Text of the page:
Stop fires from picking up momentum

April 18, 2017
Ploughed-break

Fire breaks like this arranged in a grid throughout the plantation help to stop runaway fires.

Keep it small and simple (KISS) fire protection model to prevent runaway fires...
By Michael Olivier

I can remember during my years in forestry, when the berg wind was whining, how I wished that the whole plantation was like a grid with a firebreak every 50 meters in either direction. That would mean that there would be a good chance that a fire would stop by itself before it could build momentum.

After those big fires in Mpumalanga and Tzaneen last year, I thought about it again and realised that it is indeed financially possible to implement the KISS fire protection method. When fully implemented, it would cost less than 60% of a standard fire protection budget to disc a grid of 4.8 meter wide firebreaks every 50 meters over the whole plantation annually (where the terrain is not too steep or rocky).

Alternatively, it would cost less than 30% of a standard fire protection budget to disc a 2.4-meter wide brake every 50 meters).

I would strongly recommend that any new afforestation project should consider implementing the KISS Fire Protection Model. It would be easy to implement.

Spacing with afforestation & regeneration
One of the main causes of runaway fires is because plantations are planted at a spacing that restricts access and makes it very difficult or sometimes even impossible to get to a fire quickly, if the fire is not close to a road.

With the KISS fire protection model you plant your trees at your normal spacing, but every 50m you leave a 6m gap which is not planted.  In the rows, you also leave a 6m gap after every 50m.

If this is implemented the whole compartment (and eventually your whole plantation) will be divided into 0.25ha ‘islands’ with a 6m opening around.

To end up with the same number of stems per ha, you would need to plant the line of trees running alongside the gaps closer to each other. This would compensate for the number of trees lost due to the 6-meter gap. These 6m gaps are then disc’d every year to a width of 4.8m. You will need to do two trips in the gap with a 60kW 4x4 tractor with a 2.4m off-set disc to create the needed 4.8m firebreak.

With regeneration in mind, the 6-meter gap should be left open for accessibility every 50 meters. With current thinning operations, the 6-meter gap every 50 meters can already be implemented. After 10 years (in pine) when the stems have rotted, these gaps can then be ploughed to implement the KISS Fire Protection Model.

SWOT analyse for KISS Fire Protection Model.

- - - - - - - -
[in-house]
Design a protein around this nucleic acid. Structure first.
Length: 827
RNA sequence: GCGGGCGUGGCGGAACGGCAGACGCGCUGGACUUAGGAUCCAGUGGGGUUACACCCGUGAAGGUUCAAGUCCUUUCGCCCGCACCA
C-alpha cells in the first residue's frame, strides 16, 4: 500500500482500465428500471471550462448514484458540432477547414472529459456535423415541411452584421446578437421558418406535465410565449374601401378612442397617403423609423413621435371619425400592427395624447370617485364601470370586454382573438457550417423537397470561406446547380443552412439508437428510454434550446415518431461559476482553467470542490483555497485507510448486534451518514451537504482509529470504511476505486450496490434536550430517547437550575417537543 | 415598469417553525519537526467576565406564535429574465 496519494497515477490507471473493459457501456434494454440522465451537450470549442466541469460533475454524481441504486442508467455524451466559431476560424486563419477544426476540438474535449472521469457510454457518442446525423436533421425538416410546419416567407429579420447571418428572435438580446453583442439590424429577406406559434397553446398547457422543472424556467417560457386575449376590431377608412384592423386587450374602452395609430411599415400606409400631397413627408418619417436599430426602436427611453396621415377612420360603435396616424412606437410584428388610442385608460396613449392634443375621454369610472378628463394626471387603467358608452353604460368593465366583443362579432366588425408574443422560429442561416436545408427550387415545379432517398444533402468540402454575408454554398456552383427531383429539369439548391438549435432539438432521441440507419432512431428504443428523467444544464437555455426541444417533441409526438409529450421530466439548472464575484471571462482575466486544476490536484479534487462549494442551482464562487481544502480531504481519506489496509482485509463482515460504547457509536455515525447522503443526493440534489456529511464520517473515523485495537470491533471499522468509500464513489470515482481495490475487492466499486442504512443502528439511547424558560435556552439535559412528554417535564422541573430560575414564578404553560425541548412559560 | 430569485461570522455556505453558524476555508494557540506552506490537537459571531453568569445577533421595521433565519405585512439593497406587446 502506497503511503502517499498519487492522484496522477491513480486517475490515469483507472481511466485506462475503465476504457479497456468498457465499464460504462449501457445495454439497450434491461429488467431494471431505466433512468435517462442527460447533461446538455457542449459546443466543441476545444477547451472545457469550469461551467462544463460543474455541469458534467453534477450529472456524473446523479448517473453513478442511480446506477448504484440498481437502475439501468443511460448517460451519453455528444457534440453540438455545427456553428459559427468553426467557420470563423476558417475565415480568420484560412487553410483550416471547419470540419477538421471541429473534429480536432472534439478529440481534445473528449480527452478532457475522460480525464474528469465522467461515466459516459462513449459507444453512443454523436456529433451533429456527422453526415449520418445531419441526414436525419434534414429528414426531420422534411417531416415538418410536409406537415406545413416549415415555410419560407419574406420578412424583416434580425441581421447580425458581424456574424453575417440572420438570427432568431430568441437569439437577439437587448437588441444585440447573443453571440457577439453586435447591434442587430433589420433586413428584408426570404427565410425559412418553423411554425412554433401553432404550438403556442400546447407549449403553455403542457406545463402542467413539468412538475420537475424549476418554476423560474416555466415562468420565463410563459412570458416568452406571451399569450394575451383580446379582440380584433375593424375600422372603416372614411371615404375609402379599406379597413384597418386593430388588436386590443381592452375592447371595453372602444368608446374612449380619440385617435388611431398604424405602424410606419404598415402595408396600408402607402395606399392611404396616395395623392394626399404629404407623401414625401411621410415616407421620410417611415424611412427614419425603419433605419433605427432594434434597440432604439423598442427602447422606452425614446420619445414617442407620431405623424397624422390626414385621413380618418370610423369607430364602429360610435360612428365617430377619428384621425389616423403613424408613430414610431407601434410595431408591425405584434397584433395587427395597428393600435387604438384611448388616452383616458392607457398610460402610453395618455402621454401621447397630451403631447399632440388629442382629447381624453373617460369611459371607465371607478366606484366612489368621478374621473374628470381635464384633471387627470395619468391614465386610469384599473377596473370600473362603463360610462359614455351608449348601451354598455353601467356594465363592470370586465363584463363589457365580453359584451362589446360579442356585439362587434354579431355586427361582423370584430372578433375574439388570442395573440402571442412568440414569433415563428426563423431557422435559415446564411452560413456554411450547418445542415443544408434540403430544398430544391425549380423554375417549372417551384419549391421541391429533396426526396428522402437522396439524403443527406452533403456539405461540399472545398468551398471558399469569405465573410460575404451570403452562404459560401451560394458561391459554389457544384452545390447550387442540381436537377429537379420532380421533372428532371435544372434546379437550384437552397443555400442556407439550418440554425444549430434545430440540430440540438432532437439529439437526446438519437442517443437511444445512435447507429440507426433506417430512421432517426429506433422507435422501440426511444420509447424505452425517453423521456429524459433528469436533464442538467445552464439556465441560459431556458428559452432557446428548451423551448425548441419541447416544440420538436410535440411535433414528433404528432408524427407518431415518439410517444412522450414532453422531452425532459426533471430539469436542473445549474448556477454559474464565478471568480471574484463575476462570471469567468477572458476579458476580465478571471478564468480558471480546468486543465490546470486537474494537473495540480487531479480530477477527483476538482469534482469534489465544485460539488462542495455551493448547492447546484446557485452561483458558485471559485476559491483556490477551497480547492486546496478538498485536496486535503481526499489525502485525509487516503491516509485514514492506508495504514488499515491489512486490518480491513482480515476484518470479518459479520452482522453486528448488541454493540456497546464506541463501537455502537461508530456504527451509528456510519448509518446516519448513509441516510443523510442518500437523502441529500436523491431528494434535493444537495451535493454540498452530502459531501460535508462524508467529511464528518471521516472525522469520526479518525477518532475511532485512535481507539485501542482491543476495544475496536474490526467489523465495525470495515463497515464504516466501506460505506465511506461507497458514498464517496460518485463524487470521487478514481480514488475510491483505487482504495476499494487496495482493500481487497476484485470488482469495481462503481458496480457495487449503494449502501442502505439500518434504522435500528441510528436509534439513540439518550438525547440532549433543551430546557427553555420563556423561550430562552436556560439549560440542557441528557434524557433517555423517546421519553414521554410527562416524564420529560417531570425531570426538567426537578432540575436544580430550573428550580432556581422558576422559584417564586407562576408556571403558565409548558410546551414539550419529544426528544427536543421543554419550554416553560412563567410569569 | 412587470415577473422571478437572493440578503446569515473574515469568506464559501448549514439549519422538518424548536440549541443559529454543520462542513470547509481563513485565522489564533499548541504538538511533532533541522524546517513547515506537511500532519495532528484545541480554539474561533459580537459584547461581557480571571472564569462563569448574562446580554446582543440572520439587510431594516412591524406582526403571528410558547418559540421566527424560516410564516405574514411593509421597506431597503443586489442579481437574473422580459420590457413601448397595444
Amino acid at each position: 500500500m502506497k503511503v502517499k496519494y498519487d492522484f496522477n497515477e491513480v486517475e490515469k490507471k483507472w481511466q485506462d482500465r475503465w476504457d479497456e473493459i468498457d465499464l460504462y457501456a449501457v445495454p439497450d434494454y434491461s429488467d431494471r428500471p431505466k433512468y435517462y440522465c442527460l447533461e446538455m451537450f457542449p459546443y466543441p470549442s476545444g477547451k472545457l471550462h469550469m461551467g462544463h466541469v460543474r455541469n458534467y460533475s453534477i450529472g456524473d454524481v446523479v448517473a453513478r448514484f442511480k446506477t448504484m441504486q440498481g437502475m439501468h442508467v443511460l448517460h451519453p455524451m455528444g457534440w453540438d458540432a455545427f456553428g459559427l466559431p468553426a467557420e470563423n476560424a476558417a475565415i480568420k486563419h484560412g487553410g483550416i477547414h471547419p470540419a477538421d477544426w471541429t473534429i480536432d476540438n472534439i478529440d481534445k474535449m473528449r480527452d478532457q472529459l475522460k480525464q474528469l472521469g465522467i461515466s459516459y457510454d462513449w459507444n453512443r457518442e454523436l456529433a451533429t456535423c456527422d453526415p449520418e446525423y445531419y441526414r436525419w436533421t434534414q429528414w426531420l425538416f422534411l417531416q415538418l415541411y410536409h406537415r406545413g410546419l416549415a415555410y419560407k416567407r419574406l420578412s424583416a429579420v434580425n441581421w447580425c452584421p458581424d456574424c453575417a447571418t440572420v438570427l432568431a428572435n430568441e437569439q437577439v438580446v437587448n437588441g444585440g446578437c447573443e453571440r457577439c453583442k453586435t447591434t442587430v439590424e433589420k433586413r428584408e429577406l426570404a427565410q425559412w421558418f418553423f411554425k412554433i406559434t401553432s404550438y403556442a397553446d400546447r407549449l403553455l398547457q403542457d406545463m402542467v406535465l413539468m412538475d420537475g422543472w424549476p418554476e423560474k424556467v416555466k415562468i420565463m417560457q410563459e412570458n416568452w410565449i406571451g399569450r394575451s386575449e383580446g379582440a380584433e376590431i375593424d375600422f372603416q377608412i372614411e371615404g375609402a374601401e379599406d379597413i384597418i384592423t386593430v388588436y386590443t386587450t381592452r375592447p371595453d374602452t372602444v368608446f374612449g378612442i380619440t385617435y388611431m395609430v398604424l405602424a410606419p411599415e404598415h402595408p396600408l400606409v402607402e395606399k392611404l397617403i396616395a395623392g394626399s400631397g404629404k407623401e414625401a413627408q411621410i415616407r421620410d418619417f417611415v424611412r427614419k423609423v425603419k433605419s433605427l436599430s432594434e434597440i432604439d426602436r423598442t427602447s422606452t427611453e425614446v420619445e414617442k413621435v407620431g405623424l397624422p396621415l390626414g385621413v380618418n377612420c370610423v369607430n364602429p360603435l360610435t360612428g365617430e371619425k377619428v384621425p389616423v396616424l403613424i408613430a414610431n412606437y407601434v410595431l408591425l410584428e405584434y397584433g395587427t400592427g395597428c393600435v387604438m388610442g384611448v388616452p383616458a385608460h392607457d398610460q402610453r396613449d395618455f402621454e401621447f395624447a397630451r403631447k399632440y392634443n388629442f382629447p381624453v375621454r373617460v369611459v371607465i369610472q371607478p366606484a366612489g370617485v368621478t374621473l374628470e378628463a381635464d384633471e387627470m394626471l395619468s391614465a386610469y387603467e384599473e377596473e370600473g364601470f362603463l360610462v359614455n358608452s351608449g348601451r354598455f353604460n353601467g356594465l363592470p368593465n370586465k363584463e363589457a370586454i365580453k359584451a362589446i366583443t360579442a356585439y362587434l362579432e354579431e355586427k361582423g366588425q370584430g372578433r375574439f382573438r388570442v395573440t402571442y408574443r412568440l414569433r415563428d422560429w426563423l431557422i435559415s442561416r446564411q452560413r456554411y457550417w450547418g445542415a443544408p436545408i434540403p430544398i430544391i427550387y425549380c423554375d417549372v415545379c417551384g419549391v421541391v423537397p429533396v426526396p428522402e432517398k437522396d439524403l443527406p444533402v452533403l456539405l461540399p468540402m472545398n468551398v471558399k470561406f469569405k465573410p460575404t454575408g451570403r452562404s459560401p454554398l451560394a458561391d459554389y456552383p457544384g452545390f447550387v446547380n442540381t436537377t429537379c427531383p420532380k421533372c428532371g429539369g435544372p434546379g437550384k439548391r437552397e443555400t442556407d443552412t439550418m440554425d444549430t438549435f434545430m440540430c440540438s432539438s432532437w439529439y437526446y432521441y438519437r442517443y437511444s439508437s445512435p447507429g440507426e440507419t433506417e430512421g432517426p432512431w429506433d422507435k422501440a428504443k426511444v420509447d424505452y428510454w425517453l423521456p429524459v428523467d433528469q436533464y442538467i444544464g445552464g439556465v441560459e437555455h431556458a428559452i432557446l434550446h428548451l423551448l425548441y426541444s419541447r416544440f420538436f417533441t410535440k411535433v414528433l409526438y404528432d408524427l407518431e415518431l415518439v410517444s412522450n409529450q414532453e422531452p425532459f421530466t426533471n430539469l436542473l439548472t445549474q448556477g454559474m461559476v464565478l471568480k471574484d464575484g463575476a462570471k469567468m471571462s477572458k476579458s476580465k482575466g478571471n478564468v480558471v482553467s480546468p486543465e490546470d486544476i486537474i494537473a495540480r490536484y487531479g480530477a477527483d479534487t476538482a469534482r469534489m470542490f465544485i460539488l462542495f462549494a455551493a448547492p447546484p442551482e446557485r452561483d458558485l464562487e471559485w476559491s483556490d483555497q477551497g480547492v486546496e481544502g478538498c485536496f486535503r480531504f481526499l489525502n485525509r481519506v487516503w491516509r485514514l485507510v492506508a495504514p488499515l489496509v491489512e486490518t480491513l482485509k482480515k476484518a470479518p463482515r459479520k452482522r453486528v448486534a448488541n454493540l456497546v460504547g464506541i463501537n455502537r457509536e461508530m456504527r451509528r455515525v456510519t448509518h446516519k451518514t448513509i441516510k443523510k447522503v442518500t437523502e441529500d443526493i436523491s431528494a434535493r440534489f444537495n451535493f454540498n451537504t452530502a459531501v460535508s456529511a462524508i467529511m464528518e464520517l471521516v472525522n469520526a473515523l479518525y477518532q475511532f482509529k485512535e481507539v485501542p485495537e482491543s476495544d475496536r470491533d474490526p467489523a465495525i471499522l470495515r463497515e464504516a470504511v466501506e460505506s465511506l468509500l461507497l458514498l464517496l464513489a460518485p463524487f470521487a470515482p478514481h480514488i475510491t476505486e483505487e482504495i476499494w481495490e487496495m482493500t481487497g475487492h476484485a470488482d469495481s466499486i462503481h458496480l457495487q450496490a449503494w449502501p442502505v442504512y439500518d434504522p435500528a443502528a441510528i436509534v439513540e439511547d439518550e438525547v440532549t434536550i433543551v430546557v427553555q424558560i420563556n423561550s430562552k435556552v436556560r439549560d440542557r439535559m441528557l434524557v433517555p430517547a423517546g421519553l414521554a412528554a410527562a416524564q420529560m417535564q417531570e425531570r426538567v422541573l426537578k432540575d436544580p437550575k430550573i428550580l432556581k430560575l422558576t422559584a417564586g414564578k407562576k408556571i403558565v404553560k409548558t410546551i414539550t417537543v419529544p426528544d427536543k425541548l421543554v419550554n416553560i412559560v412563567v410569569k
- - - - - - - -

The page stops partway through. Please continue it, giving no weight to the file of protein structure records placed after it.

Strengths
•    Prevent fires from gaining momentum
•    Less stress for forestry staff
•    Plantation is much more accessible
•    Fire protection much easier
•    Financially viable
•    Easy to implement with afforestation in certain areas
•    Gives fire crews more efficient/cleaner access
•    Disc breaks will restrict many fires to 0.25 ha without further human intervention
•    Arson damage greatly reduced

Weaknesses
•    Old tree stumps hinder effective implementation of KISS Fire Protection Model – in pine plantations only effective after 10 years if stems are left to rot
•    Breaks need to be de-stumped for hardwood regeneration plantations
•    Old riparian vegetation zones - fire hazard threat in plantations
•    Difficult to implement in rocky and steep areas where it is not possible to disc breaks

Opportunities
•    Prevention is better than cure
•    A proactive step to counter consequences of climate change
•    Less need for expensive aerial support
•    More planning needed with afforestation and regeneration
•    Use firebreaks to cut riparian zones into patches smaller than 0.25ha
•    After forestry operations, breaks and roads need to be cleared 5 meters on either side of branches

Threats
•    Old-School resistance to change
•    Riparian zone policy for plantations - causing “bombs” in plantations

Comment
Where in the world will you find a commercial business whose commodity is highly flammable material, but their own policy stipulates that “bombs” must be kept close to their product. This increases the risk of fire.

Costing for this exercise
Work tempo (ha/hour) = Work tempo (4km/hour) x Work with (2.4 meter) x Working efficiency (80%) ÷ 10  = 0.768 ha/hour
Running cost/hour: 60kW 4x4 tractor = 273.85;  2.4m off set disc = 214.15;  D/O =  62.00;
Total = R550.15  /hour
Cost of ploughed fire break = R0.34/meter (4.8m wide)
Protection cost of each 0.25 ha (island) with 4.8m firebreaks ploughed around it = R34.37

*First published in SA Forestry magazine, Feb 2017

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